Clinical End Points
The following clinical outcome parameters were studied. The percentages of patients who had achieved an NIHSS of ≤1 or who had shown an improvement from baseline of at least 8 points at 30 days were compared between treatment groups. The percentages of patients who had achieved a total NIHSS score of ≤2 were compared. We analyzed the change in NIHSS score between baseline and 30 days and compared the modified Rankin Scale and the Barthel Index score after 30 days. Deaths were imputed as worst possible score.
Imaging End Points
The rate of reperfusion was assessed by MRI. Reperfusion was defined as either the reduction of PI abnormality by >30% (or absence of perfusion deficits for patients with baseline PI <10 mL), improvement on the MRA scale by 2 points, or both of the aforementioned on a follow-up scan performed between 4 and 12 hours after the start of study treatment. The reperfusion rate was additionally calculated for those patients who had an improvement on the MRA scale score by at least 1 point.
Neutralization α2-AP and Biomarker End Points
The degree of α2-AP neutralization (Instrumentation Laboratories) was determined at the end of study drug administration and 6, 12, 24, and 4 days.
Surrogate biomarkers were assessed serially. Matrix metalloproteinase (MMP)-2, MMP-9, and tissue inhibitor of metalloproteinase 1 (enzyme-linked immunosorbent assay kit; R & D Systems) were measured at baseline, 24 hours, and 4 days after study drug administration. The surrogate markers neuron-specific enolase (enzyme-linked immunosorbent assay kit; IDS), and S100 (enzyme-linked immunosorbent assay kit; Cambridge Life Sciences) were measured at baseline, 12 hours, 24 hours, 3 days, and 4 days.
Because this was an exploratory trial, no formal sample size was calculated. Intention-to-treat analysis was used. An independent statistician performed statistical analysis according to a statistical analysis plan that was finalized before breaking of the randomization code. For the analysis of fibrinogen and the degree of inhibition of α2-AP, analysis of variance was performed at every time point and post hoc tests were performed with correction for multiple comparisons using Dunnett’s procedure, which compares every dose level with placebo. For analysis of MMP, tissue inhibitor of metalloproteinase 1, S100, and neuron-specific enolase data, analysis of covariance was performed with baseline value as a covariate and post hoc tests among different dose levels performed with corrections for multiple comparisons using Dunnett’s procedure. A χ2 test for trend across dose tiers was used for the imaging end points as a post hoc analysis. A probability value of <0.05 was considered significant.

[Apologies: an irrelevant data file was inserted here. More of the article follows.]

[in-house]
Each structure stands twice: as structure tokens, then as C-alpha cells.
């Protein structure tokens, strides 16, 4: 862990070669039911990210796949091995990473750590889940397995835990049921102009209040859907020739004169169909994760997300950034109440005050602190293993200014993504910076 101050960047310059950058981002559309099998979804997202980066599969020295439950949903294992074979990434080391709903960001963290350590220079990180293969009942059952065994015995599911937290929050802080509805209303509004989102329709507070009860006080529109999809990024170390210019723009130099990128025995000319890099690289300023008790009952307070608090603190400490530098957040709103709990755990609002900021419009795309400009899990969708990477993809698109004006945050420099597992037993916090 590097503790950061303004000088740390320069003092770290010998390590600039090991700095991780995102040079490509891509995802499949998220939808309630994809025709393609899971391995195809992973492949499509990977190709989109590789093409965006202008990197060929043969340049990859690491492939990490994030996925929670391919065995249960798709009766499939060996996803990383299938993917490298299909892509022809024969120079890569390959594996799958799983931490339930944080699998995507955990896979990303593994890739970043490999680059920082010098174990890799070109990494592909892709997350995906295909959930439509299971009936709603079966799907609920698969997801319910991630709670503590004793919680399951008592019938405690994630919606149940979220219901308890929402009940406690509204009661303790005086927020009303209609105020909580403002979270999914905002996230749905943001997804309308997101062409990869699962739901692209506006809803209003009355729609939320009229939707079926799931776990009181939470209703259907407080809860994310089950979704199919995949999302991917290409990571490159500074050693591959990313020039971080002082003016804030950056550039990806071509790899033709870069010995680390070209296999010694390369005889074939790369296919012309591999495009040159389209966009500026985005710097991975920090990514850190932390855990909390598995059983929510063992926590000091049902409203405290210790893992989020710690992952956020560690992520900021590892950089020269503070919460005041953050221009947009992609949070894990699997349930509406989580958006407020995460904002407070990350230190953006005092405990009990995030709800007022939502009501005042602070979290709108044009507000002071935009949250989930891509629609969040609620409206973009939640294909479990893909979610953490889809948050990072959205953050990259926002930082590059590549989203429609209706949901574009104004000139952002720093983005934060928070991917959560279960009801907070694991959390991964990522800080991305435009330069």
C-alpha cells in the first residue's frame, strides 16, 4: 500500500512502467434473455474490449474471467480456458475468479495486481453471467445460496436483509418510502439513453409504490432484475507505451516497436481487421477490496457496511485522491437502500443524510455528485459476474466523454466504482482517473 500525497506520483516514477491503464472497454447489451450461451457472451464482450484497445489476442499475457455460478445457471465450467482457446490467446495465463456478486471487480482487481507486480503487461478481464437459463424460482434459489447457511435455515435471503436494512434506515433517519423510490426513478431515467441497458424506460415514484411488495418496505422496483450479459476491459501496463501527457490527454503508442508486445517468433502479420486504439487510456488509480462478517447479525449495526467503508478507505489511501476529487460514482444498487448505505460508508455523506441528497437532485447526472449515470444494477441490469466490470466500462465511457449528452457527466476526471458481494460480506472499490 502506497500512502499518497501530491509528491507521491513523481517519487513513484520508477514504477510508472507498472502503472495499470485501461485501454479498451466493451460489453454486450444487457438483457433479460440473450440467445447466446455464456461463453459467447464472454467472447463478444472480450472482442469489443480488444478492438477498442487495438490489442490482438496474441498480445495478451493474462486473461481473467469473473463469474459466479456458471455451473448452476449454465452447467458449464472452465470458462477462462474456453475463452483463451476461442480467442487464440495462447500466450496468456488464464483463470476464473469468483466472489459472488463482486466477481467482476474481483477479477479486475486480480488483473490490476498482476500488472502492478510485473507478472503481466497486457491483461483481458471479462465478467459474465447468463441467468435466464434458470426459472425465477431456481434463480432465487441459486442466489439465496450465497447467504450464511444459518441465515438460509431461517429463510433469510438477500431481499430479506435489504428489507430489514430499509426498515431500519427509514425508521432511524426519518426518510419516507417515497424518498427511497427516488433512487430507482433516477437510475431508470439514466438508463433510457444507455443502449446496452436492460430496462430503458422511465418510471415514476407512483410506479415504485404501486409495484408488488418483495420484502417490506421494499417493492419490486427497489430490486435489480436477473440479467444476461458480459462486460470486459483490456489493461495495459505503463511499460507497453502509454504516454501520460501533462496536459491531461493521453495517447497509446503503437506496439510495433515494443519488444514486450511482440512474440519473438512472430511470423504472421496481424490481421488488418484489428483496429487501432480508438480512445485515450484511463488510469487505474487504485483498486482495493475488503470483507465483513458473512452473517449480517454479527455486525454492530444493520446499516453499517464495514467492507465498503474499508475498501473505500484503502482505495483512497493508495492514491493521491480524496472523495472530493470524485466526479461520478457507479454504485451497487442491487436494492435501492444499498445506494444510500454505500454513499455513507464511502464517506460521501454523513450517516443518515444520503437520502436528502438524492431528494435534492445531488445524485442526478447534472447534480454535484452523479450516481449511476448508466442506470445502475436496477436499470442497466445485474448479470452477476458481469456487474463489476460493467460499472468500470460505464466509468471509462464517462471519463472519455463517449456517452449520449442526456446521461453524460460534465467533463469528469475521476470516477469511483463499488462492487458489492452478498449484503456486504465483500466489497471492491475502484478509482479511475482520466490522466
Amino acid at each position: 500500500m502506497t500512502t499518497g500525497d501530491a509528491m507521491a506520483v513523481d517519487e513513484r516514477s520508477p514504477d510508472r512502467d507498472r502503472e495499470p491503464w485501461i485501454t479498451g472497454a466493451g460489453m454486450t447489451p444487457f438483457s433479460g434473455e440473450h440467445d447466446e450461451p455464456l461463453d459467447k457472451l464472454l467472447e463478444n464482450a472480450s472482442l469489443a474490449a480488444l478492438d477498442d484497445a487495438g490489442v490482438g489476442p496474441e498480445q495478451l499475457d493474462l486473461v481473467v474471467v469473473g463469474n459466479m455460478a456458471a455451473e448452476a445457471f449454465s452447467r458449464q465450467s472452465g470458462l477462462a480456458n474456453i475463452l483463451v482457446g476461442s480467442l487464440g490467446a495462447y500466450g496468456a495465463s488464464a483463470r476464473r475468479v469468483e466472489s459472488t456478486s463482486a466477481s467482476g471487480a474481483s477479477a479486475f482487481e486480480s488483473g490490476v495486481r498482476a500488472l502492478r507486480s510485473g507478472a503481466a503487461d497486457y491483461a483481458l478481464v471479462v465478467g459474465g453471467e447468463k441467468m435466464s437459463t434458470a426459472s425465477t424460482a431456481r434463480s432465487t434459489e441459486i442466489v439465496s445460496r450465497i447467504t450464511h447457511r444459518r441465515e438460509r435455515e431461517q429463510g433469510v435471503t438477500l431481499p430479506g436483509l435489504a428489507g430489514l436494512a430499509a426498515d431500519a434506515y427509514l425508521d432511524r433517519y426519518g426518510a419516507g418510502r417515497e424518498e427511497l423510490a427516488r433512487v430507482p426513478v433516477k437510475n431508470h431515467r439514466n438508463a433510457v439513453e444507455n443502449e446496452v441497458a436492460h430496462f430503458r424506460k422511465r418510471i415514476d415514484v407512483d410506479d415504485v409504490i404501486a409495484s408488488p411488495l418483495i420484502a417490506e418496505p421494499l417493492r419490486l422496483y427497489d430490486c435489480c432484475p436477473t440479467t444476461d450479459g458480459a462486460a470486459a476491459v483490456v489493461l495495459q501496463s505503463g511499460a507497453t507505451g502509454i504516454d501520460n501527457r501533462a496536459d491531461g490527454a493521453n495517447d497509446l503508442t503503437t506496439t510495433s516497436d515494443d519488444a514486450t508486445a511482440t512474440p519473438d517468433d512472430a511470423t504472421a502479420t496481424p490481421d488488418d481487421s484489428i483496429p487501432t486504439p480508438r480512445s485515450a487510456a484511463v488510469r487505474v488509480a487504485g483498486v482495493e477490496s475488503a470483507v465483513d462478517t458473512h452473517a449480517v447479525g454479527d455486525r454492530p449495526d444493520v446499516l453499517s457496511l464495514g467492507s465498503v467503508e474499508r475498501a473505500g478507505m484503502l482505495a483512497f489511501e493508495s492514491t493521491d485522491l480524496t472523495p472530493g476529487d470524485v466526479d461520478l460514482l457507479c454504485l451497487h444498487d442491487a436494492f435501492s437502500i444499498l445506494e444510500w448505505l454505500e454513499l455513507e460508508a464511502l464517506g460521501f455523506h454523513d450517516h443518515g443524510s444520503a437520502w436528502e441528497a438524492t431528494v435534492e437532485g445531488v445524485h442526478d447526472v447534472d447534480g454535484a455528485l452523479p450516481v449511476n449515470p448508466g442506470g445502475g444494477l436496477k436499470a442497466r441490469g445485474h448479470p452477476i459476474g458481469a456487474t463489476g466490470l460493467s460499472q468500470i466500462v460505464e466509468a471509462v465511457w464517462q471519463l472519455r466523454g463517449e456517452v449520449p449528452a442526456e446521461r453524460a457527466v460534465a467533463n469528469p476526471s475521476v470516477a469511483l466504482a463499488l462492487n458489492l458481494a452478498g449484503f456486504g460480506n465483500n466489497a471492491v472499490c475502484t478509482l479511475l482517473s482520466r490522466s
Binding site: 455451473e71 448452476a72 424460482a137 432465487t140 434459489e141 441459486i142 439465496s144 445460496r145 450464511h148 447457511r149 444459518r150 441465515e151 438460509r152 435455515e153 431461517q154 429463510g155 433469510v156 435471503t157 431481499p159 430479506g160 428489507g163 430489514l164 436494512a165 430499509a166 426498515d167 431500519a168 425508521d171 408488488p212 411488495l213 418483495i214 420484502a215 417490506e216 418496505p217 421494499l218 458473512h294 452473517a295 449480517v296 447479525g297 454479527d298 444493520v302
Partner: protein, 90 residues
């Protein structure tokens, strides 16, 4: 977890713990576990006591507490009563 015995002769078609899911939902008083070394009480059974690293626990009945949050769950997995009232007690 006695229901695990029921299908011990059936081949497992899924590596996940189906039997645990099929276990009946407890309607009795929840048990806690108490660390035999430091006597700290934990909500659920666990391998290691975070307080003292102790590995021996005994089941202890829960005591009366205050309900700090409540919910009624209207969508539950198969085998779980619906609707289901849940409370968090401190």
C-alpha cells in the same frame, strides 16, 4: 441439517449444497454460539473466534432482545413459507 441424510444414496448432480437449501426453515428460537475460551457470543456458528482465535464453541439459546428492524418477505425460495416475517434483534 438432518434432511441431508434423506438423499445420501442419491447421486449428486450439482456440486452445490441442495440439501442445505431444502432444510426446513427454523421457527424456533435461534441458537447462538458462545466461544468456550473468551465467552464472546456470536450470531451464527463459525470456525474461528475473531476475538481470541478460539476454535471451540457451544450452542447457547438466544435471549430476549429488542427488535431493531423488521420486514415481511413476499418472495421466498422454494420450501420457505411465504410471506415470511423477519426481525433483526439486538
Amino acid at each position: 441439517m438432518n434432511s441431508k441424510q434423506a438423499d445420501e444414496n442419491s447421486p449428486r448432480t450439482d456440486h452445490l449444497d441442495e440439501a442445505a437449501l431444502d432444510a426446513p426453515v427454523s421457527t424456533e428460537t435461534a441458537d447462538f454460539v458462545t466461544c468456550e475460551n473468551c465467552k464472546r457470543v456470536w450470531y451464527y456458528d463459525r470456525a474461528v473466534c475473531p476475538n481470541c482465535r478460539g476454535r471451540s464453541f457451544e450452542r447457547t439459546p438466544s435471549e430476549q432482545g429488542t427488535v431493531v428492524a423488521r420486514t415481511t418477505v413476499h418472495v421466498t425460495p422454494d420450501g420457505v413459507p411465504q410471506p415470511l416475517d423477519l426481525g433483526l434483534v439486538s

Role of the Funding Source
The sponsor was involved in the design of the study, the collection, analysis, and interpretation of the data and in writing the study report. The corresponding author had access to all data in the study and had final responsibility for the decision to submit for publication.
The study flow is detailed in Figure 1. Forty patients were enrolled and randomized in 8 European centers between October 18, 2005, and May 5, 2008. All patients received the study drug according to the defined protocol. The baseline characteristics of the enrolled patients are described in Table 1. Microplasmin-treated patients had slightly more severe neurological impairment and were treated slightly earlier than the placebo-treated group. The baseline DWI lesion was significantly larger in the medium-dose group than the placebo and high-dose groups (P=0.02). The lesion sizes of the low-dose, high-dose, and placebo groups were similar. In one patient in the microplasmin group, the PI imaging at baseline was not interpretable. There were 27 patients with a PI/DWI mismatch at baseline (62% of included patients). There were slightly more patients with a PI/DWI mismatch and with an MRA occlusion in the placebo group (Table 1).
Safety End Points
Safety results up to day 30 are shown in Table 2. One patient developed a symptomatic intracranial hemorrhage shortly after study drug administration and subsequently died. The family withdrew consent and no additional invasive assessments (laboratory, MRI) were performed after symptomatic intracranial hemorrhage diagnosis. One patient died 2 months after study drug administration due to pneumonia.
The frequency of serious adverse events was similar for patients treated with microplasmin combined across all groups (n=7 [23%]) and in the placebo group (n=3 [30%]).
There was no evidence of any impairment of hematology and clinical chemistry variables by microplasmin. Vital signs, respiratory rate, body temperature, and electrocardiographic findings were similar in microplasmin and placebo patients. There were no reported allergic reactions.
Figure 3 shows the plasma fibrinogen concentrations over the first 24 hours. Differences between treatment groups were significant at all time points except at baseline and at 96 hours (P<0.003). Post hoc analysis revealed that significant decreases occurred in the medium-dose group at Hours 6 and 12 after the end of infusion and in the highest dose group from the end of infusion until Hour 24. There were transient concomitant increases in d-dimer concentrations, prothrombin time, and activated partial thromboplastin time in the treatment groups compared with the placebo group (data not shown).
Efficacy End Points
Clinical End Points